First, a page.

FAO has appealed for $77 million to assist about 2.3 million people with immediate support designed to help them plant rapidly-maturing vegetables and staple crops, as well as to catch fish and contain livestock diseases.

FAO’s support is built around a two-pronged approach that helps vulnerable households in conflict-affected areas begin to rebuild their shattered livelihoods, while also providing support to farmers in non-conflict-affected areas. FAO can work with those farmers to increase the supply of food in the coming months, to help mitigate the impact of the looming food crisis.

“We have an important window of opportunity to help millions of people in South Sudan, but we have no time to lose in this increasingly alarming situation,” Lautze said.

“Funding from generous partners like the United Kingdom helps FAO to support people in setting up farming and marketing operations wherever they are, keeping their livestock fed and vaccinated, and getting equipment to catch fish.”

FAO is putting together a range of different emergency livelihood kits, in the range of $30 each. One kit can provide either six months of staple crops for one family, a year’s worth of diversified and nutrient-rich vegetables, animal health services for 80 families for one month, or enough fish to feed 20 families a day.

In less affected parts of the country, the success of the main planting season will be critical for medium-term food security in the country. In Western Equatoria, which has had the highest production rates in the country over the past five years, farmers have not been directly affected by the conflict and have already started preparing their fields.

Farmers are concerned that the crisis has disrupted input supply chains, markets and development initiatives throughout the country. FAO aims to help them gain access to quality seeds, tools, training and other support needed to ensure reasonable production in 2014. This is important for ensuring food availability later this year, particularly given the country’s current cereal production deficit of 400 000 tonnes.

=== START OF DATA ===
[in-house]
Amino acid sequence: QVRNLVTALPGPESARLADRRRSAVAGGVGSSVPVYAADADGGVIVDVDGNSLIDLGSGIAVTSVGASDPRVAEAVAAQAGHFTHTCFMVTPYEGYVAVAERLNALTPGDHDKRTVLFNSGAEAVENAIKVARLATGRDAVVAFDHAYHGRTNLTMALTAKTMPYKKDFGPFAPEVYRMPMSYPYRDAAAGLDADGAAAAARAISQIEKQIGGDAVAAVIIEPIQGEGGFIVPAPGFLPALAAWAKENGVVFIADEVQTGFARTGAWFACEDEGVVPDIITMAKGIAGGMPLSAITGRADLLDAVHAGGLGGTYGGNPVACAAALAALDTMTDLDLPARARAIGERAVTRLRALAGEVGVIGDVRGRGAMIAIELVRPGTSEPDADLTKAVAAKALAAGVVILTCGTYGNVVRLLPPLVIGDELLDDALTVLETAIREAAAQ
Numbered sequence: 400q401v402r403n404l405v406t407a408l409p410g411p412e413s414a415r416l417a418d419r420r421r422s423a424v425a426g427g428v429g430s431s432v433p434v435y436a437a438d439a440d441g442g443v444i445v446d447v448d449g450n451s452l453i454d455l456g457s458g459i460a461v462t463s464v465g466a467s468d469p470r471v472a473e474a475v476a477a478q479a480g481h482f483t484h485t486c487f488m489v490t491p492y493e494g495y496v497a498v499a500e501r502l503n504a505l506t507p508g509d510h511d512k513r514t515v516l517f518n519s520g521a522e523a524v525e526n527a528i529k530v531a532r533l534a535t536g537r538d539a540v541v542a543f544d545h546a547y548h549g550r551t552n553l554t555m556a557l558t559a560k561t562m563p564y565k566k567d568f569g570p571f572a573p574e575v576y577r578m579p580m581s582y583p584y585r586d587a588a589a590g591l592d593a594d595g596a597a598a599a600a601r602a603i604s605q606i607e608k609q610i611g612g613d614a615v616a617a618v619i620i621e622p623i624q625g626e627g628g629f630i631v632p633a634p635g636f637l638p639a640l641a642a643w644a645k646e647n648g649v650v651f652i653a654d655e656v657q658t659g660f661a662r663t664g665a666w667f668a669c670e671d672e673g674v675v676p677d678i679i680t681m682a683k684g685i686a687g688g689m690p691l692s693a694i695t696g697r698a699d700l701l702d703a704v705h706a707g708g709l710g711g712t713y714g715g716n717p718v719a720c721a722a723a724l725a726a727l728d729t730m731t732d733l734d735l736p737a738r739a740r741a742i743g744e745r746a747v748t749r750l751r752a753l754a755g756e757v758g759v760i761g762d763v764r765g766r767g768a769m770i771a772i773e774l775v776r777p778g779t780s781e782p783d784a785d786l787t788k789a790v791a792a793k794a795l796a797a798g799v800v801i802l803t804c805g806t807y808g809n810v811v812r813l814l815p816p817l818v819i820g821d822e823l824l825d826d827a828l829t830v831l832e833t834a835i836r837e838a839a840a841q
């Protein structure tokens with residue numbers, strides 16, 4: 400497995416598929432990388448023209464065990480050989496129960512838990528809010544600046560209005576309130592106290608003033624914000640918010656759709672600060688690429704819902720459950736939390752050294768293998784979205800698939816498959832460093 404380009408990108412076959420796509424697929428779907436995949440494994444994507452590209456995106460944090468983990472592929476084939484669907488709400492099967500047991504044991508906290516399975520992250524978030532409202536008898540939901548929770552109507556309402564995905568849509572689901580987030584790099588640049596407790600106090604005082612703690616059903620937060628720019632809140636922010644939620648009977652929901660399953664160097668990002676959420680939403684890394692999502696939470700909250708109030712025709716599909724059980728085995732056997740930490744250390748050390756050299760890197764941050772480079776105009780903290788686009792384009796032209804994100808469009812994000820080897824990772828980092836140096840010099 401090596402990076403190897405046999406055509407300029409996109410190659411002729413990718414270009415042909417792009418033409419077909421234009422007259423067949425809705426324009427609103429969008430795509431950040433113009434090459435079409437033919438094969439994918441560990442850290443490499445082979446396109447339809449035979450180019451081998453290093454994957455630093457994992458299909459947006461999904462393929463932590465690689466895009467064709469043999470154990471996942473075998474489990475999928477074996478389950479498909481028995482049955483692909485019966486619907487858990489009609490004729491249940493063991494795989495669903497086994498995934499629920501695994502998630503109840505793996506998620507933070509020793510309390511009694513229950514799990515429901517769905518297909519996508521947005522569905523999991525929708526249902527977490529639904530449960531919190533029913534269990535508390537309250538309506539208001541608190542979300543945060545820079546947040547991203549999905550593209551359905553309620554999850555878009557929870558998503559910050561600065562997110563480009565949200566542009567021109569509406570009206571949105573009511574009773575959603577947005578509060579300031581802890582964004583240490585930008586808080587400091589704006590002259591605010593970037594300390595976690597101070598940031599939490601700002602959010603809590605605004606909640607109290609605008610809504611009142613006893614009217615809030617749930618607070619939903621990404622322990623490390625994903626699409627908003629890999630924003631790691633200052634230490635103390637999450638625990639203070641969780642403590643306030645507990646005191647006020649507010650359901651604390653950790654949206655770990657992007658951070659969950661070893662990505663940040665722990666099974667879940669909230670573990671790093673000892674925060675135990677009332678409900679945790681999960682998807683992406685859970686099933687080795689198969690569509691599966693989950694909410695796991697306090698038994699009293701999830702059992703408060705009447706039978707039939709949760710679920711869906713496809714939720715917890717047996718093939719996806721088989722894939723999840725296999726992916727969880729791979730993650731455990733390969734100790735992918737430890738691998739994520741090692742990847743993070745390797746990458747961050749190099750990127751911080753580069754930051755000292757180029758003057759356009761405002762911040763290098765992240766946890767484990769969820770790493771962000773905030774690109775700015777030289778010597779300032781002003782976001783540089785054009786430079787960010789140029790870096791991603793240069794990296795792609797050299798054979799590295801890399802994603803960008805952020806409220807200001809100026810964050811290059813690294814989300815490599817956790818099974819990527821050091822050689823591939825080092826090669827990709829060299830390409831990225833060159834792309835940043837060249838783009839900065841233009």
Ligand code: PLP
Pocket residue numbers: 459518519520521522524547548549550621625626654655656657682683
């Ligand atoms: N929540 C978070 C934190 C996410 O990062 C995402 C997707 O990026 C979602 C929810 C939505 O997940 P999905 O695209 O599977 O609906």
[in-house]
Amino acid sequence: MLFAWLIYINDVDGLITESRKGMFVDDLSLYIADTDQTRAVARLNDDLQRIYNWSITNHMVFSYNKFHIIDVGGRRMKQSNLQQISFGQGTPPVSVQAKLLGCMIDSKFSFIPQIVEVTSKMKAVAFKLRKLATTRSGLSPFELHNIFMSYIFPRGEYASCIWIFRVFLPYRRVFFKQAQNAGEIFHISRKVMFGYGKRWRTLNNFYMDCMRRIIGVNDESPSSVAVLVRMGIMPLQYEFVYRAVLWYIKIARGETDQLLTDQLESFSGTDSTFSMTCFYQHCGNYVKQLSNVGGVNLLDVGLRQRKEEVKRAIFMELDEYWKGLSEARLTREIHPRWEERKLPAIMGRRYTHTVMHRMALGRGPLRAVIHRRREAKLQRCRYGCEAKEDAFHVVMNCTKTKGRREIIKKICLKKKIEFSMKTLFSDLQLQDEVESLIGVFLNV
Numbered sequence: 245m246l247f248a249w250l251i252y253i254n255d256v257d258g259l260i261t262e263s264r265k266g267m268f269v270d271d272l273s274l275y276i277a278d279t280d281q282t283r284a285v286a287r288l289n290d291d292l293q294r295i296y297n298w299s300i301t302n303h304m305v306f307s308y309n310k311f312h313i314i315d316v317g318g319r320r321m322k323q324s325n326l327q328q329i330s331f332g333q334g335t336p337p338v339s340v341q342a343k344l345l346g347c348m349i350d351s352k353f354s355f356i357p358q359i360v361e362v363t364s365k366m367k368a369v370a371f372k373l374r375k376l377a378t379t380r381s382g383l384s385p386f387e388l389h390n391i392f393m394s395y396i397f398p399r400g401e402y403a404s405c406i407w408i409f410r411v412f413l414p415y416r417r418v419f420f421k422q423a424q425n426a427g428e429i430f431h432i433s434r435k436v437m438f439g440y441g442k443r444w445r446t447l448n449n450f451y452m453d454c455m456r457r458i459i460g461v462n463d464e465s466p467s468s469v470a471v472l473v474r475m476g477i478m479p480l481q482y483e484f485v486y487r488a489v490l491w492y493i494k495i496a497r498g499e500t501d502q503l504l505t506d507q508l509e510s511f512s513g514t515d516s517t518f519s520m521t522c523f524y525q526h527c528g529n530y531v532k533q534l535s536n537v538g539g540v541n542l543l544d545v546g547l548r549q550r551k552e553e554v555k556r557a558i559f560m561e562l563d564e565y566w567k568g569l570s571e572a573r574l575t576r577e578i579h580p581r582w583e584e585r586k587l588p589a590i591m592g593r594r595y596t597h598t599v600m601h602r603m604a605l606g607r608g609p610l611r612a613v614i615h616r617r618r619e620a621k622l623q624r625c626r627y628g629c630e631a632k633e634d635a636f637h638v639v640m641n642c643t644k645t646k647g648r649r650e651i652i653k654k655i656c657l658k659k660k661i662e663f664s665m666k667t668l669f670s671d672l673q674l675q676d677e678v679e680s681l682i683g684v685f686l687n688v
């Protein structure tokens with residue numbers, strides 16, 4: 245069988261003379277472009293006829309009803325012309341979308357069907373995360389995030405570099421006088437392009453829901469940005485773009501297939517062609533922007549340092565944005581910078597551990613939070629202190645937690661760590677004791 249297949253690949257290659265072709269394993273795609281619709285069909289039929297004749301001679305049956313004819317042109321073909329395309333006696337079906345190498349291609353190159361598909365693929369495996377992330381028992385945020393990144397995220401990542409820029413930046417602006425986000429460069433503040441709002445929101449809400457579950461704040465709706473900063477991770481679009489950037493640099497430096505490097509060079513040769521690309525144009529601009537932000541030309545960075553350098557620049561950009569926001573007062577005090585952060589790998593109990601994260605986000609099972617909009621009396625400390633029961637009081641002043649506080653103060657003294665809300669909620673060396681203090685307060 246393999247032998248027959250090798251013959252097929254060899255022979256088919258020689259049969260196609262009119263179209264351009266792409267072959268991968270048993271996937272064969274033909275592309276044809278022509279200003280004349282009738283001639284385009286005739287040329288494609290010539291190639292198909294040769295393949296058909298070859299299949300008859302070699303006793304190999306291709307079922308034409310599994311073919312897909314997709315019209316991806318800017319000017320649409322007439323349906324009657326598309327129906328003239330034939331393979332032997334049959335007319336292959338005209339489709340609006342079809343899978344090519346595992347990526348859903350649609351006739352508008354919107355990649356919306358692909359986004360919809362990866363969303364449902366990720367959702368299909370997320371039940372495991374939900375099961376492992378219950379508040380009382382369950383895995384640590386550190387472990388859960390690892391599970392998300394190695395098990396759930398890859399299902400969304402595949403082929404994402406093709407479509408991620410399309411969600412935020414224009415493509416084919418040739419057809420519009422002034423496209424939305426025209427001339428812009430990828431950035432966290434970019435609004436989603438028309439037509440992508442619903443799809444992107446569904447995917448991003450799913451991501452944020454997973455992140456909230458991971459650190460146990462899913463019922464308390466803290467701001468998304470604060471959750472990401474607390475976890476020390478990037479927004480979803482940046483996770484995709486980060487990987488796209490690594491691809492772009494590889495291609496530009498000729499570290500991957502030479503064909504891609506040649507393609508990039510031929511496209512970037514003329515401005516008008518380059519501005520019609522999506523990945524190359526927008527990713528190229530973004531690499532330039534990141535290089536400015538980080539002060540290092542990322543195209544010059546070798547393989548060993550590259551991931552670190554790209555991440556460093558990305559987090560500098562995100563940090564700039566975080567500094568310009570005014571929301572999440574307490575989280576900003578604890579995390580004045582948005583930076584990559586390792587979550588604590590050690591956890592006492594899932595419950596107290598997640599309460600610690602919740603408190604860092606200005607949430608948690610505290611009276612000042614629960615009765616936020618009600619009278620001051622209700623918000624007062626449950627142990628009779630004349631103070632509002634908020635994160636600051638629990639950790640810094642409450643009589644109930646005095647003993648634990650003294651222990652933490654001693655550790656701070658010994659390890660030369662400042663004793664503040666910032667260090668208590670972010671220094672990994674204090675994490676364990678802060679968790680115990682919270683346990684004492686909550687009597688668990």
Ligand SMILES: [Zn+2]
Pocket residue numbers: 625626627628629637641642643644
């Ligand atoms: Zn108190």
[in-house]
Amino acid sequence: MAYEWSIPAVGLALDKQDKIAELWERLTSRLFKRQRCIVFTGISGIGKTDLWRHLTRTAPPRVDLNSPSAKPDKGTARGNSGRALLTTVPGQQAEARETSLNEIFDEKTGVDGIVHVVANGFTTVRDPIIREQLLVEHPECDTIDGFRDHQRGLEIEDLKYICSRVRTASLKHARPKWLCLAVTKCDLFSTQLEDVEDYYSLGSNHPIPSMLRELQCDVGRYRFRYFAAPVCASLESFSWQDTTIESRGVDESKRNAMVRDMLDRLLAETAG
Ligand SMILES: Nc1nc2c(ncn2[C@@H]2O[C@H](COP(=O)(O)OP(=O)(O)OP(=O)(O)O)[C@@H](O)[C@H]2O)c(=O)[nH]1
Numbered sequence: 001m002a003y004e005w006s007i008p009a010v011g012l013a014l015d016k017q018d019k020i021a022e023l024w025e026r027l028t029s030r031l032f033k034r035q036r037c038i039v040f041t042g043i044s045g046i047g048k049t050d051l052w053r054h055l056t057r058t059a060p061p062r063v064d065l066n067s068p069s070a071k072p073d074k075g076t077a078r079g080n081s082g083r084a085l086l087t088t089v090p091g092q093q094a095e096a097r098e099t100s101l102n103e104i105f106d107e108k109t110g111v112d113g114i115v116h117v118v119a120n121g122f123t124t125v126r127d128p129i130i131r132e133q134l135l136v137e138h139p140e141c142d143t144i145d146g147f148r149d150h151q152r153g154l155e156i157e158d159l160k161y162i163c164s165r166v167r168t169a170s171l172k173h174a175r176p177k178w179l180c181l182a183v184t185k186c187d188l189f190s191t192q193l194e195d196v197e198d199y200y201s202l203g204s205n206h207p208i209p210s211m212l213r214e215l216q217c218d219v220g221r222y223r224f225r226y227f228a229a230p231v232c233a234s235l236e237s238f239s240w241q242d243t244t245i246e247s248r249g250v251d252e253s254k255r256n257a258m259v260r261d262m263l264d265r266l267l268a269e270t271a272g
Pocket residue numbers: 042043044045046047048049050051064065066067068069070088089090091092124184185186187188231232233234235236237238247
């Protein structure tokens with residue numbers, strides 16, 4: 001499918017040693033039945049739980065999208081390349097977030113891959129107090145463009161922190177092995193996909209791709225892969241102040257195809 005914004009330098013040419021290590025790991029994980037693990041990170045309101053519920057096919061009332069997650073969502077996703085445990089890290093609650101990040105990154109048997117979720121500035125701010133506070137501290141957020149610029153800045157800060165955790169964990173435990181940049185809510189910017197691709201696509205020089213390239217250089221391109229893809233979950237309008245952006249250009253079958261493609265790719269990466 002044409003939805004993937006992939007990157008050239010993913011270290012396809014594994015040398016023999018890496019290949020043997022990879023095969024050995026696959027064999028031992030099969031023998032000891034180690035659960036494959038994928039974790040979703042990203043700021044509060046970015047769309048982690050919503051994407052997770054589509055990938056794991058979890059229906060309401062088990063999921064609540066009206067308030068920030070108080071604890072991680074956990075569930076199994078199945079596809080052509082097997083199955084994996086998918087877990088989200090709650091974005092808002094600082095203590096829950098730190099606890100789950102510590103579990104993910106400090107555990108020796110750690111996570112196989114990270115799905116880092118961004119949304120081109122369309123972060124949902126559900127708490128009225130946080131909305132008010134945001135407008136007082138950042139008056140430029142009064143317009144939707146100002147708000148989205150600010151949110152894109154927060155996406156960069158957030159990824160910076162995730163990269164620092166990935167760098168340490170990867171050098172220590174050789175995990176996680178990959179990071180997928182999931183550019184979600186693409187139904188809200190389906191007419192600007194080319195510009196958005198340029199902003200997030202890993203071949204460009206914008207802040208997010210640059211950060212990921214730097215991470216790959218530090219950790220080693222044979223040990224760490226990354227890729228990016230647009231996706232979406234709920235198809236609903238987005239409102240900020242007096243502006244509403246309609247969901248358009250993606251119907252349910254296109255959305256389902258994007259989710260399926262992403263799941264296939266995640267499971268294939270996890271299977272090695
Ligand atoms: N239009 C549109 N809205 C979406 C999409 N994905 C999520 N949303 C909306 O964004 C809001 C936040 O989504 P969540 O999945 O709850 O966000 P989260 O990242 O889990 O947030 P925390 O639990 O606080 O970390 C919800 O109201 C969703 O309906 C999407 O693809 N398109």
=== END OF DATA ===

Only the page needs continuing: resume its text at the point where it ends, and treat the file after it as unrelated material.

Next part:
FAO directly supports farmers through its seed-multiplication programmes, through which producers in less affected states produce seeds for humanitarian operations in conflict-affected areas in eastern states.

Millions at risk

Of the seven million people considered to be at risk of some level of food insecurity, some 3.7 million people were estimated to be facing acute or emergency levels of food insecurity in February. UN agencies and non-governmental organizations together have called for $1.27 billion to meet urgent humanitarian needs in the first half of 2014.

FAO has mobilized more than $6 million to date and is in discussion with a variety of donors for another $25 million, but available funding falls far short of what is needed to get help to families.

“Time is of the essence given that most of the roads in the most affected states will be flooded during the rainy season,” Lautze added. “We will need to consider switching from delivering by road to delivering by air. This is both more expensive and less effective, but we must do everything we can to help in this time of need.”

Source: APO

Categories: African Press Organization

EU-Africa Business Forum: Working together towards sustainable growth and employment

BRUSSELS, Kingdom of Belgium, March 31, 2014/African Press Organization (APO)/ — To promote sustainable and inclusive growth in both Africa and the EU, European Commission Vice-President, Antonio Tajani, and Commissioner for Development, Andris Piebalgs, will today take part in the 5th EU-Africa Business Forum in Brussels. The event brings together more than 500 high-level representatives from European and African business, politics and public institutions for two days (31 March/1 April) of discussions.

Debates will focus on common challenges such as the stake of young people in today’s economies, the role of banks for inclusive growth and financing issues for Small and Medium Enterprises (SMEs) and on specific issues such as raw material, risk capital, sustainable energy or space cooperation. Prior to the forum, Commissioner Piebalgs also announced two new EU programmes to support the private sector in West Africa and Madagascar.

Vice-President Tajani, Commissioner responsible for Industry and Entrepreneurship, said ahead of the event: “Africa is on the move. The accelerating industrial development of Africa is a reality. The developing regions and countries that are sharing the benefits of globalisation are the rapidly industrialising ones. The European Union and Africa have genuine interest in increasing bilateral trade, investment and market integration in mutually beneficial relations to boost strong sustainable and inclusive growth and create jobs”.

Commissioner Piebalgs commented: “Africa has become one of the fastest growing regions in the world over the last decade, but we must accelerate the creation of decent and productive jobs to ensure that the benefits of this growth are being shared more evenly. The private sector has a key role to play in this and the Commission will soon present a policy paper on how to modernise EU support for developing the private sector in developing countries and how to strengthen its role in achieving inclusive and sustainable growth there where it’s most needed.”